Tag Archives: Jon Roberts


I’ve talked before about how I’m fascinated with the idea of the illicit drug business. I like the double lives the dealers and importers lead. Even the cops who work that as their beat—from the DEA to the local vice cops—generally are leading double lives. Then there’s the whole thing of secret meetings in out-of-the-way places, everybody there already paranoid, and most of them taking their own product doesn’t help.

Would I want to live in that world? Absolutely not. But it’s great looking at it from the outside.

Style, man. That’s what they have. You can watch the fictional version, with Miami Vice being one of the more

Don Johnson epitomizing the dress style that b...

well-known examples, or you can get into the reality with documentaries like Cocaine Cowboys, which chronicles the times the original Miami Vice made famous: the Cocaine Wars of South Florida in the late seventies and early eighties.

You got expensive cars. Sonny Crockett drove Ferraris on TV, Jon Roberts preferred Porches and Mercedes in real life. They had expensive clothes, with Sonny doing the Armani thing, and I’m not sure what Jon wore, but they were flashy.

Of course, we’re talking about opposite sides here. Sonny Crockett was a fictional vice cop. Jon Roberts was a very real importer for the Medellín Cartel. According to his own estimate, in a roughly six year period, he burned thorough some one hundred fifty million dollars. He bought seven or eight Mercedes a year. He and his girlfriend Toni once trashed two in a fight with one another. He called someone the next day to haul them off and they went and bought a couple more.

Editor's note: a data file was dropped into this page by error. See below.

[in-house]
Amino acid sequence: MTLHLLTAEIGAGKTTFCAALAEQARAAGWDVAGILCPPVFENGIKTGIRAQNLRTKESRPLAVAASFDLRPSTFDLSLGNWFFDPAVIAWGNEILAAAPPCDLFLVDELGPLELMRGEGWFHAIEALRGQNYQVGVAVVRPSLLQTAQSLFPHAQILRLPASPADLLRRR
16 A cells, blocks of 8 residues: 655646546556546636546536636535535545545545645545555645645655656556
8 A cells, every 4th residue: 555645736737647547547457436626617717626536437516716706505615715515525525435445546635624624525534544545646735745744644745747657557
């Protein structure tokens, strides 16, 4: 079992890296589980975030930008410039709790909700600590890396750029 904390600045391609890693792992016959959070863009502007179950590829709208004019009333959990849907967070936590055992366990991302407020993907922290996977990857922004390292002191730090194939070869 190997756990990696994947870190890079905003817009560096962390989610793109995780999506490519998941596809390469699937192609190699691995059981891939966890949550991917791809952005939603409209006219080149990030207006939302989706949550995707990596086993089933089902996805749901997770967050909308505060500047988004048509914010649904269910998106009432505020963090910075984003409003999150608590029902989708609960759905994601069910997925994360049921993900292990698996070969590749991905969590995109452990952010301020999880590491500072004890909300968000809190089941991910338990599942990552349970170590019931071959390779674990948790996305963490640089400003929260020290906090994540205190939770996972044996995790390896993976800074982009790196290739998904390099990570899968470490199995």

Expensive cars. High-end clothing. Exclusive clubs. It’s the kind of setting I’d like to write about sometime. Mostly because, at the very least, I don’t have to keep track of my characters’ budgets. And who knows? Maybe I will someday.

But then again, maybe not. My style seems to be different. No matter how much I might admire the films and TV shows based on this—and the flashy style they convey—my fiction is, for the most part, rooted closer to home. My characters tend to be more down to earth…and a lot poorer.